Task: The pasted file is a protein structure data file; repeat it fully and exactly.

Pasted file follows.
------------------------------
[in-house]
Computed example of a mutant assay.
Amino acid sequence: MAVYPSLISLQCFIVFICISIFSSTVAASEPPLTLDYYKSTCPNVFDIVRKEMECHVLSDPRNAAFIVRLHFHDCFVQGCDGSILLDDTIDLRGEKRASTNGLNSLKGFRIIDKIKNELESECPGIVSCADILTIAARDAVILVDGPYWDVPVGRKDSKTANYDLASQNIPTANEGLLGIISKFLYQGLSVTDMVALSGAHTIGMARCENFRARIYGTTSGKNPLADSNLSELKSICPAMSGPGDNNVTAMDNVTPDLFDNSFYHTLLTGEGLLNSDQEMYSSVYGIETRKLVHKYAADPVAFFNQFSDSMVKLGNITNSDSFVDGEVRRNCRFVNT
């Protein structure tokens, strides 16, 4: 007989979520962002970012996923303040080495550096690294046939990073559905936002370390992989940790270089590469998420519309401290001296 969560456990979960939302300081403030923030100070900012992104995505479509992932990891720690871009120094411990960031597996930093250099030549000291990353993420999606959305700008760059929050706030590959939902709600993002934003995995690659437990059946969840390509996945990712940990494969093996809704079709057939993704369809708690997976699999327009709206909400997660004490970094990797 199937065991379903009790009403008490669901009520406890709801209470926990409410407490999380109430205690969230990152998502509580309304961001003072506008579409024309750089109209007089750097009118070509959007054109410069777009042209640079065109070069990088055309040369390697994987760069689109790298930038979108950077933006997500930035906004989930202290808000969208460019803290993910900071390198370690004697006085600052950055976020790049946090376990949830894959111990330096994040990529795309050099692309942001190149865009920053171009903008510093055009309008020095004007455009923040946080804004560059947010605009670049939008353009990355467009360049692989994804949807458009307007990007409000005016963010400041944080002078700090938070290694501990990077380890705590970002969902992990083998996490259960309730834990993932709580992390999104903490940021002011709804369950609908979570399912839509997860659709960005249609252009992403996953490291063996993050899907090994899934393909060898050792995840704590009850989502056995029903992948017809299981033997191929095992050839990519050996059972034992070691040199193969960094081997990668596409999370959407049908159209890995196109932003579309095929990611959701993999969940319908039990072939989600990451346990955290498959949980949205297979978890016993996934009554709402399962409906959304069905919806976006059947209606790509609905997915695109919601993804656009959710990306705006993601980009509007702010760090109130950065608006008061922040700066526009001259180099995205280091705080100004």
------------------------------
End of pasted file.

[in-house]
Computed example of a mutant assay.
Amino acid sequence: MAVYPSLISLQCFIVFICISIFSSTVAASEPPLTLDYYKSTCPNVFDIVRKEMECHVLSDPRNAAFIVRLHFHDCFVQGCDGSILLDDTIDLRGEKRASTNGLNSLKGFRIIDKIKNELESECPGIVSCADILTIAARDAVILVDGPYWDVPVGRKDSKTANYDLASQNIPTANEGLLGIISKFLYQGLSVTDMVALSGAHTIGMARCENFRARIYGTTSGKNPLADSNLSELKSICPAMSGPGDNNVTAMDNVTPDLFDNSFYHTLLTGEGLLNSDQEMYSSVYGIETRKLVHKYAADPVAFFNQFSDSMVKLGNITNSDSFVDGEVRRNCRFVNT
């Protein structure tokens, strides 16, 4: 007989979520962002970012996923303040080495550096690294046939990073559905936002370390992989940790270089590469998420519309401290001296 969560456990979960939302300081403030923030100070900012992104995505479509992932990891720690871009120094411990960031597996930093250099030549000291990353993420999606959305700008760059929050706030590959939902709600993002934003995995690659437990059946969840390509996945990712940990494969093996809704079709057939993704369809708690997976699999327009709206909400997660004490970094990797 199937065991379903009790009403008490669901009520406890709801209470926990409410407490999380109430205690969230990152998502509580309304961001003072506008579409024309750089109209007089750097009118070509959007054109410069777009042209640079065109070069990088055309040369390697994987760069689109790298930038979108950077933006997500930035906004989930202290808000969208460019803290993910900071390198370690004697006085600052950055976020790049946090376990949830894959111990330096994040990529795309050099692309942001190149865009920053171009903008510093055009309008020095004007455009923040946080804004560059947010605009670049939008353009990355467009360049692989994804949807458009307007990007409000005016963010400041944080002078700090938070290694501990990077380890705590970002969902992990083998996490259960309730834990993932709580992390999104903490940021002011709804369950609908979570399912839509997860659709960005249609252009992403996953490291063996993050899907090994899934393909060898050792995840704590009850989502056995029903992948017809299981033997191929095992050839990519050996059972034992070691040199193969960094081997990668596409999370959407049908159209890995196109932003579309095929990611959701993999969940319908039990072939989600990451346990955290498959949980949205297979978890016993996934009554709402399962409906959304069905919806976006059947209606790509609905997915695109919601993804656009959710990306705006993601980009509007702010760090109130950065608006008061922040700066526009001259180099995205280091705080100004």